What executors need to know when selling the deceased's home

keysKey points to consider when selling the deceased’s property as executor of an estate.

The executors of a deceased person’s will are responsible for winding up the deceased’s estate and carrying out the terms of their will. Unless the beneficiaries under the will wish to have the property transferred into their names, the executors will need to sell it.

Executors should bear the following points in mind to ensure that the sale process is as smooth as possible.

Grant of probate

If the deceased owned property in their sole name, a grant of probate will be required to enable the executors to sell or transfer the property. The grant is a form of certificate issued by the court that confirms the validity of the will and gives the executors authority to deal with the deceased’s estate. 

The executors should not underestimate timescales for obtaining the grant, particularly if they are intending to apply for the grant personally, rather than through a solicitor and/or if inheritance tax (IHT) is payable. Even in a straightforward estate, it can take two to three months to obtain the grant.


As part of the application process for the grant, the executors need to complete either a return of estate information form or an IHT account (depending on the value and nature of the estate), detailing all of the deceased’s assets and liabilities, with date of death balances or valuations. The executors should obtain two or three estate agents’ valuations and take the average as the value of the property, or obtain a surveyor’s valuation.

Check the title and locate the deeds

The executors should also, at this stage, check the title to the property. If the property is registered with the Land Registry, this should be a relatively straightforward matter of downloading a copy of the title entries and plan, checking that the property is in the deceased’s name, and that the plan shows the full extent of the property. 

However, the property may not be registered, particularly if it is in a rural location and the deceased had owned it for a number of years. In this case, the executors will need to locate the paper title deeds, which may be held in safe custody by the deceased’s solicitor or bank, or they may be kept with the deceased’s papers at home.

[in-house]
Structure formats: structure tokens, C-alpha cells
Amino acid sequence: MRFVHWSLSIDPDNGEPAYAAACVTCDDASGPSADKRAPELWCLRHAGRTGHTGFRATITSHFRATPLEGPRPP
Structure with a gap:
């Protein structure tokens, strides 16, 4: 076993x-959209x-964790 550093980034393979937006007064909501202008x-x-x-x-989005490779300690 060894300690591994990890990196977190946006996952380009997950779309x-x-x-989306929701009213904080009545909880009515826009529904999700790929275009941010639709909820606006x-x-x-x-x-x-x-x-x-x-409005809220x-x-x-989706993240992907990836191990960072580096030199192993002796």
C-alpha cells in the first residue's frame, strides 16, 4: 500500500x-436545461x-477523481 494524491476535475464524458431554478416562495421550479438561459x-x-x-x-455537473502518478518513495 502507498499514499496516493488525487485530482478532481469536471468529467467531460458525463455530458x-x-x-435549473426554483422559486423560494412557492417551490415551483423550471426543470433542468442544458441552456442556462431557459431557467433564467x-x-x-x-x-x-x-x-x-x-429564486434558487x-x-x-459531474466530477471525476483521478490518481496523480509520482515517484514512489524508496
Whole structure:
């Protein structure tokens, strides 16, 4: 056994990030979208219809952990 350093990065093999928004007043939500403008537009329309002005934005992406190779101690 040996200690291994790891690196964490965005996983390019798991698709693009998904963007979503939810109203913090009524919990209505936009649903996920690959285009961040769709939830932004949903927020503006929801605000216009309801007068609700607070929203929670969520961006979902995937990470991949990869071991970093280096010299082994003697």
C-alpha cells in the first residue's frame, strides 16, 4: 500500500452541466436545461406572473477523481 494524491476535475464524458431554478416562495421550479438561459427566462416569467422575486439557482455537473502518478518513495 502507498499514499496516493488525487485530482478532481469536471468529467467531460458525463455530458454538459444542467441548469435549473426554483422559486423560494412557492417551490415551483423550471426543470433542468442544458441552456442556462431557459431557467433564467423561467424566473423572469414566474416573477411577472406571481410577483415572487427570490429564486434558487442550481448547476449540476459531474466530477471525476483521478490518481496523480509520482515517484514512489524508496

Restrictions and defects

Once located, the executors should ask a solicitor to check the title entries and plan, or the paper title deeds, in case there are restrictions affecting the property, or defects in the title, which may need to be dealt with before the property can be sold. It is not unknown to find that the property was never transferred to the deceased on the death of their spouse – and this is not the sort of thing to find out after a sale of the property has been negotiated!

Realistic timescales

When valuing the property, the estate agent may suggest that they have a potential buyer already, or that the property should be placed on the market immediately. While there is nothing to prevent the executors from instructing agents to market the property, or even accepting an offer on it, contracts can't be exchanged until the grant has been obtained. The estate agent and the potential buyers must be given a realistic timescale for obtaining the grant at the outset.

If the executors have accepted an offer on the property soon after the deceased’s death and before applying for the grant, the sale price can be given as the property value in the return of estate information form, or IHT account. 

The executors must also be aware that the deceased’s property will need to be cleared of all its contents before the property is sold and again – something that can be quite time consuming to achieve.

Capital gains tax

Another area that executors need to bear in mind is capital gains tax (CGT). If the house is not sold until some time after the grant has been issued, the value of the property may have increased above the date of death value, and this could lead to the executors incurring a CGT liability. For the year of death and the following two years, the executors have a CGT allowance of £11,100 (for 2016-17). 

If the increase in value of the property after deduction of costs of sale exceeds the CGT allowance, the executors may be able to save tax by appropriating the property to the beneficiaries before exchanging contracts on the sale. The beneficiaries’ own CGT allowances can then be set against the gain – if the beneficiaries are charities, it is important to do this, as charities are exempt from CGT.

If the estate is subject to IHT and the property is sold before HMRC has issued tax clearance, HMRC will seek to take the sale price as the date of death value, so additional IHT may be payable on any increase in value. If the property has sold for less than the date of death value, the executors can reclaim the overpaid IHT.

This article is intended to give a brief overview of the points to consider when selling the deceased’s property, rather than cover all aspects of the procedures involved, or the tax implications. Executors would be wise to take legal advice on the title to the property and the taxation aspects of selling before placing the property on the market.

About the author

Karen Bacon is head of the wills, probate and tax team at Steeles Law solicitors.

See also: How to place a deceased estates notice in The Gazette and a local newspaper

Publication date: 2 July 2016